I add in assignable overhead (nonlabor, nonmaterial): bonds, special insurance such as OCP Policies, equip. rentals, permits etc.
For unassignable I do $35./man hr. Period.
It's too high; I can't compete with other bidders. On the other hand, I wouldn't dream of not adding it in because when review time comes I'm screwed, for sure. It doesn't seem right, does it?
I have a couple general questions regarding overhead.
I work for a landscape construction company in NY. We focus on demo during the colder seasons (FYI: I've just begun estimating demo). My overhead seems to be more than most companies' labor rates ($35.00/man hour). We are union, so after you tack on our labor rates, we are being blown out of the bidding box.
How do you (or your accountants) figure overhead into a job? My old boss told me 20% of the total cost of the job, but also keep in mind that he did masonry in NJ, and he did like $15-20M a year.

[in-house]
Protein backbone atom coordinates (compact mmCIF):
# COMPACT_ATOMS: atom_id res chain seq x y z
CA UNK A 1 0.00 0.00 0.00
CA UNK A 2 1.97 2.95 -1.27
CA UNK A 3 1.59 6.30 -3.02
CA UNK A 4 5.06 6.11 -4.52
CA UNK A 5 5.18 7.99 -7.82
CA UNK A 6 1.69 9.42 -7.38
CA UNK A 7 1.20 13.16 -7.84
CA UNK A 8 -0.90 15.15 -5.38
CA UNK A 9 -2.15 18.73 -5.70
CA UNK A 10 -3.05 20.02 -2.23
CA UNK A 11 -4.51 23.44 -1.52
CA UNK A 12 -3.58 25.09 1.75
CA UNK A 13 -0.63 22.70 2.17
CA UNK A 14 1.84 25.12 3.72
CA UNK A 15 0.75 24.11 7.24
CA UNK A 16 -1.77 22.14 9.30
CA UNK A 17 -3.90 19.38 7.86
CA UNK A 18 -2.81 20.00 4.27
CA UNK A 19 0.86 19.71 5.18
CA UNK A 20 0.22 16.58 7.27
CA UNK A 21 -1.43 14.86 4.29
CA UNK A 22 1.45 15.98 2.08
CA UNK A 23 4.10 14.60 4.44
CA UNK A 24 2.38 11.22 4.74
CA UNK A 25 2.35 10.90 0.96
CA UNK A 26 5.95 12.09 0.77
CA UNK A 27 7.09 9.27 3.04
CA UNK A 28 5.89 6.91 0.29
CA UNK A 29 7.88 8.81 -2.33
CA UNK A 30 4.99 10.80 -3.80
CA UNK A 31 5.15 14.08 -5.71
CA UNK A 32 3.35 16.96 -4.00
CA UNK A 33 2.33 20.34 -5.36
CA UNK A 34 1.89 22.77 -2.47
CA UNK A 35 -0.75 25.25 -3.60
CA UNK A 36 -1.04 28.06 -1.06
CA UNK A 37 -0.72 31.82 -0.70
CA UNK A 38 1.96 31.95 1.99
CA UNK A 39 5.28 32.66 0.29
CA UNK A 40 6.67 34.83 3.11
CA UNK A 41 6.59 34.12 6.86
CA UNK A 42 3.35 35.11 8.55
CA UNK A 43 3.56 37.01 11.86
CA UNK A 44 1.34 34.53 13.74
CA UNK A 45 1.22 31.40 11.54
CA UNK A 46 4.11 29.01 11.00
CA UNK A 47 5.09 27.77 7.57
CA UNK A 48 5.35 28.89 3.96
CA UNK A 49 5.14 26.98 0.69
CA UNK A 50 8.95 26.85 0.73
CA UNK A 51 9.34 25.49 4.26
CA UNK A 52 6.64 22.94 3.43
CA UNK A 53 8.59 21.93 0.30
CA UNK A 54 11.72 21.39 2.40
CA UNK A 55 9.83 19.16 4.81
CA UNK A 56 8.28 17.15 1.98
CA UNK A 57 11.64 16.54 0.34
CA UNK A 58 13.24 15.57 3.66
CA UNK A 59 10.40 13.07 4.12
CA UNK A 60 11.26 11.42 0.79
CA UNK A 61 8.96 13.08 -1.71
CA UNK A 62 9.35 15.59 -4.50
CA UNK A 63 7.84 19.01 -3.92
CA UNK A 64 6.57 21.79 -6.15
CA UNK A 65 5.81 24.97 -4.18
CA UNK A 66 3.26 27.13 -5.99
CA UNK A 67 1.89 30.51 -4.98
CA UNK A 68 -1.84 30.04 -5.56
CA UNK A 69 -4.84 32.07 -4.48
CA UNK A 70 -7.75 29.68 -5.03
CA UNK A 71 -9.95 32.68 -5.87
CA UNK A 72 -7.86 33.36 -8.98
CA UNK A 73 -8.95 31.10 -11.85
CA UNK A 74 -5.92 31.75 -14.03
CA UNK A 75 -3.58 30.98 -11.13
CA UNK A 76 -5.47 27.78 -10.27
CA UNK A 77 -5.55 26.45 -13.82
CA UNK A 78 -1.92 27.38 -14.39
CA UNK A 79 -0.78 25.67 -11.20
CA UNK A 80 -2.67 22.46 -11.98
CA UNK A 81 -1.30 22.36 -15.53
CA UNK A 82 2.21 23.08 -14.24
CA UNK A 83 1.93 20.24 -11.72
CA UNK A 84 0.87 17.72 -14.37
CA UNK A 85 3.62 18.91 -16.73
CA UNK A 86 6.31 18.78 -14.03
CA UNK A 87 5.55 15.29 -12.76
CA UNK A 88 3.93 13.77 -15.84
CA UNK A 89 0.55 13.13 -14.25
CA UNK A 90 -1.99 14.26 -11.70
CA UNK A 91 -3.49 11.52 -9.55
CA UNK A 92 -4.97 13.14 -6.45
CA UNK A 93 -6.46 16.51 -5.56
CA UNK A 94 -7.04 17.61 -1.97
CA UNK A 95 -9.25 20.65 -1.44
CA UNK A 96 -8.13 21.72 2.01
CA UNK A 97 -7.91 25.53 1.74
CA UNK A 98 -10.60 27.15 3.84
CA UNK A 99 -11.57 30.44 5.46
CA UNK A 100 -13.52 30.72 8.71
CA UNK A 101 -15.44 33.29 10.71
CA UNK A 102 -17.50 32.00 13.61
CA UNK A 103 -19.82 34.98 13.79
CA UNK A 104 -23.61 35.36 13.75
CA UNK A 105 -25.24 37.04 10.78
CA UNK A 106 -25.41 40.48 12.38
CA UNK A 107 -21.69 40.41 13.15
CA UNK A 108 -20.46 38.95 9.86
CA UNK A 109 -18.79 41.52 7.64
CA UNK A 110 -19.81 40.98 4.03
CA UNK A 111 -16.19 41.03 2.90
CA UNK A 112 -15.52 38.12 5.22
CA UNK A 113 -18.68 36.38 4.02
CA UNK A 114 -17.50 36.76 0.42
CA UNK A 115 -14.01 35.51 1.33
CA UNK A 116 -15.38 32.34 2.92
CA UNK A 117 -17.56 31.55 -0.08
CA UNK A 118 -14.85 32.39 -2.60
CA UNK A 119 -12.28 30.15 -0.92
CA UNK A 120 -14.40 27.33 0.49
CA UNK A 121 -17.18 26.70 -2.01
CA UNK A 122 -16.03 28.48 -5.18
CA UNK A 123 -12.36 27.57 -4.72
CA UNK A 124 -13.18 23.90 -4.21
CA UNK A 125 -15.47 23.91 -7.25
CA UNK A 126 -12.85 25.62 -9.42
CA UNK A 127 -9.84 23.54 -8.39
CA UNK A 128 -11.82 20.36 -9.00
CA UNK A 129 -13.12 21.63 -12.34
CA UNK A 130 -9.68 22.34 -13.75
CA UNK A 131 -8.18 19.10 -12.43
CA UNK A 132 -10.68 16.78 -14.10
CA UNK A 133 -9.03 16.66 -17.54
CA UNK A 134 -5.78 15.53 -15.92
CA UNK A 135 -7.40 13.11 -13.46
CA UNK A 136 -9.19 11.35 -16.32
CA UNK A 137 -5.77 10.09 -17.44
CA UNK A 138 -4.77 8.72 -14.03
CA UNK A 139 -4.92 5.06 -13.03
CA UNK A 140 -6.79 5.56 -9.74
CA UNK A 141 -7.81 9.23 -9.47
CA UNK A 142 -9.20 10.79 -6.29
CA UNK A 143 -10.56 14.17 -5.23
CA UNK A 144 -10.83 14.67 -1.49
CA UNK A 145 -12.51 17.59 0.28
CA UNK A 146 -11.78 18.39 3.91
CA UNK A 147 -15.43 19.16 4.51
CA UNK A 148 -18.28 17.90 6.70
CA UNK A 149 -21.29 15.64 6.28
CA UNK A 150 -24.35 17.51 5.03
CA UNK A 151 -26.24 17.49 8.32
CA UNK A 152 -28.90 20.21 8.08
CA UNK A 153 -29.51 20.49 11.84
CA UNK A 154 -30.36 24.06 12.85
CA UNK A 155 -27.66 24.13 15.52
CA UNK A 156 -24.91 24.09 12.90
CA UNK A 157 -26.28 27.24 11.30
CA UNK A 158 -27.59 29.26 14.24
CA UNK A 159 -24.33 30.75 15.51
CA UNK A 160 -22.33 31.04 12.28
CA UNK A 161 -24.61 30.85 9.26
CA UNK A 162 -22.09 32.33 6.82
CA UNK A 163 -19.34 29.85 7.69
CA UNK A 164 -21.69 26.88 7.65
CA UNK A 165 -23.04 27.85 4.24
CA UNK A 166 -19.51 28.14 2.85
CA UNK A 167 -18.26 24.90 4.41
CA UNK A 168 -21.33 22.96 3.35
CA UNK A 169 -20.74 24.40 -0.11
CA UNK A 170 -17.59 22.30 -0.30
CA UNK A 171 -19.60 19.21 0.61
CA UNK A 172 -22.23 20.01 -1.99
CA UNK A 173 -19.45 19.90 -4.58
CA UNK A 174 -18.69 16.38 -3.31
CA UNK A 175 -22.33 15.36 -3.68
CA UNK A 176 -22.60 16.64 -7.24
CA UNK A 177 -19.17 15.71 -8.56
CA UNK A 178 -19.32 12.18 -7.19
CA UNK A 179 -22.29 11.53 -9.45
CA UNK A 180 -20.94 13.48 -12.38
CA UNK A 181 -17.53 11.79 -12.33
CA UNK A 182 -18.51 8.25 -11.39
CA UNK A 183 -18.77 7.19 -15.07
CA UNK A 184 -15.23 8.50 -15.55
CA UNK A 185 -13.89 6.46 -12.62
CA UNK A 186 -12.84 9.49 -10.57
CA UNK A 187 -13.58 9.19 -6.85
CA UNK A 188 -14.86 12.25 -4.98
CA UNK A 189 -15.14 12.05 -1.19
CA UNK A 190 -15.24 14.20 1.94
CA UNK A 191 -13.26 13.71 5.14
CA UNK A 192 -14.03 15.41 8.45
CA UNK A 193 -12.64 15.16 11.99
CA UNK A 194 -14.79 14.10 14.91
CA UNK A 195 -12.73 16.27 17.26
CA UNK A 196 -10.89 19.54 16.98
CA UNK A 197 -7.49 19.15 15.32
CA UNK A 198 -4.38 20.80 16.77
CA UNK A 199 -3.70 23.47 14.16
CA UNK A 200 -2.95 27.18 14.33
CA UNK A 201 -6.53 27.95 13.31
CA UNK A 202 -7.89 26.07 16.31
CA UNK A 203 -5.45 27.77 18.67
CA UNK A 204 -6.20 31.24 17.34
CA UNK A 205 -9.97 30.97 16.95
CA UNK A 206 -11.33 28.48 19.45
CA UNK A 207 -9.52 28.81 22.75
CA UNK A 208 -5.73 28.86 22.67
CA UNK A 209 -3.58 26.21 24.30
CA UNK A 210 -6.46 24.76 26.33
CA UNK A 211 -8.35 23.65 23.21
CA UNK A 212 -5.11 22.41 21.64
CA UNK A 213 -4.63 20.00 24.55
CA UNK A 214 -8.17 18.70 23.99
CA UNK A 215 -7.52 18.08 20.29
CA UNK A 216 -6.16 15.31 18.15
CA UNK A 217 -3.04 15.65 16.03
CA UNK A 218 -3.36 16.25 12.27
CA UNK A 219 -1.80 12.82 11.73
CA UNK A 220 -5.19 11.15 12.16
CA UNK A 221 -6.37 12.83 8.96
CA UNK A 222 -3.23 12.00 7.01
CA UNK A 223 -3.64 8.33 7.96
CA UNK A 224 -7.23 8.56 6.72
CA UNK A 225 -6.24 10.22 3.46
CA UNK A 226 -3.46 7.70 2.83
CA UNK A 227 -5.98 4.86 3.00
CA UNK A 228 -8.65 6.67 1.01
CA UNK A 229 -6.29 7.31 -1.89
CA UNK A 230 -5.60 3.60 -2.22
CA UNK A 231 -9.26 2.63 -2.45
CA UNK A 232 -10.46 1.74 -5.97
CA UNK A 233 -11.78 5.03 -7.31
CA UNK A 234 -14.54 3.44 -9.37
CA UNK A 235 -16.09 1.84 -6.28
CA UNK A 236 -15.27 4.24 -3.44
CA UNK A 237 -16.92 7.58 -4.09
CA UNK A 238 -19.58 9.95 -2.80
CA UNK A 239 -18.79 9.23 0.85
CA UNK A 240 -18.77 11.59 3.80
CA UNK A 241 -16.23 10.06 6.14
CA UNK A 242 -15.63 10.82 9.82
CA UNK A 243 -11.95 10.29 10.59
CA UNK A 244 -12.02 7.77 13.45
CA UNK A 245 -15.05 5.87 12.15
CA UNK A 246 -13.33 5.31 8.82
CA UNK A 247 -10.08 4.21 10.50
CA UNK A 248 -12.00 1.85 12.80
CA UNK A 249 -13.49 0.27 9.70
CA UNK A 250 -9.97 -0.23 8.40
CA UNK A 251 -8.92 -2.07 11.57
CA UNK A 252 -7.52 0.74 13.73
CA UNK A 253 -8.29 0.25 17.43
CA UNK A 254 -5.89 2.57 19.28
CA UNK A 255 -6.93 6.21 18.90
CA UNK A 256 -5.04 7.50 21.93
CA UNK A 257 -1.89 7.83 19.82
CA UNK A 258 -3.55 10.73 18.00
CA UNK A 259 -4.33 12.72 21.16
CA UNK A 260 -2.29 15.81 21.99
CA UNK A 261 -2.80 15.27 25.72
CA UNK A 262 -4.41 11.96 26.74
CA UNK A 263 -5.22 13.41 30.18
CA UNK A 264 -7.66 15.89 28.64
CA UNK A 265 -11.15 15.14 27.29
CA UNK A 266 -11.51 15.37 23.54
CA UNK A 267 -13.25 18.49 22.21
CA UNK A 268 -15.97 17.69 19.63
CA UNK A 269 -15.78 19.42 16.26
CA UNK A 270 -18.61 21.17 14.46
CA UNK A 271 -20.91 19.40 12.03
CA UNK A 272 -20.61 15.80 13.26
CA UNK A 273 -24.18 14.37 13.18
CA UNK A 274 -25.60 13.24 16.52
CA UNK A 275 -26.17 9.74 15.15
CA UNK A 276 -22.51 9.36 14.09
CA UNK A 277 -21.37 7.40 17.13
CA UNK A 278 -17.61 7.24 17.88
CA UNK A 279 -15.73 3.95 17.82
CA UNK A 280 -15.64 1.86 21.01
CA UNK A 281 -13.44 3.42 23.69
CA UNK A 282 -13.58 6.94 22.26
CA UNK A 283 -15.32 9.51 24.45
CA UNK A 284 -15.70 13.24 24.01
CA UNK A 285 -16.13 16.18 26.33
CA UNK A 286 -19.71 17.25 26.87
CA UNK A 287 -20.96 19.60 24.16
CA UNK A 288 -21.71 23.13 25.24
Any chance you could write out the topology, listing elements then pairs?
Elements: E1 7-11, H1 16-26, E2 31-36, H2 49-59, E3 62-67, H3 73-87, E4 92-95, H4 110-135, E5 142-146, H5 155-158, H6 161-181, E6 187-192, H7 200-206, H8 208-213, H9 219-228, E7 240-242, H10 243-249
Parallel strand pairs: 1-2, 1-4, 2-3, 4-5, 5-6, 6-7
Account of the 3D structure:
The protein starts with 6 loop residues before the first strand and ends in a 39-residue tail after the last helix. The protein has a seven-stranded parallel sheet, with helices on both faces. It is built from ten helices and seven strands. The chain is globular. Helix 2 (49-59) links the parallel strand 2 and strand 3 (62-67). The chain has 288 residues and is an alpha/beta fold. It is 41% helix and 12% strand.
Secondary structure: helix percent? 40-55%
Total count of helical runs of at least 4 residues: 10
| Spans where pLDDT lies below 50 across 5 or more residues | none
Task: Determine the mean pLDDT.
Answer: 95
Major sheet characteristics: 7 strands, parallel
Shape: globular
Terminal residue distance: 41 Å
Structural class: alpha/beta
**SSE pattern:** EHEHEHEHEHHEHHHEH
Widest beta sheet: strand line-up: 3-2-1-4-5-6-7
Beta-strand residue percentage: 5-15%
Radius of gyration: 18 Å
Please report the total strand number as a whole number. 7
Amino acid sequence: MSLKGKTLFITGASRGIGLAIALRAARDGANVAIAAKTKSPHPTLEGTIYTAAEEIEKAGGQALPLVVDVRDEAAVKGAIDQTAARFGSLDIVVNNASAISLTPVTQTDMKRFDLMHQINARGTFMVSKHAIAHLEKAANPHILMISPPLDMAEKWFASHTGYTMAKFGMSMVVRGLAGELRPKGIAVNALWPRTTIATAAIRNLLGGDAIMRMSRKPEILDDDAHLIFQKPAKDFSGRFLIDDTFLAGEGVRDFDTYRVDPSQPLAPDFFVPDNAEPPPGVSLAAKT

Does anyone have any good tips for reducing overhead costs (even if it's over a long period of time)?
Many thanks (and Cheers!), KimmieQ
Most Users Ever Online: 429
Currently Browsing this Page:
Robert Kulinski: 573
Guest Posters: 49
Newest Members:Macysmith, MattockMan, vicsanders, Wyattnorton316
Administrators: JOHN: 7602, John: 5388, Jeff Shaikh: 0, Jonathan Bernardi: 0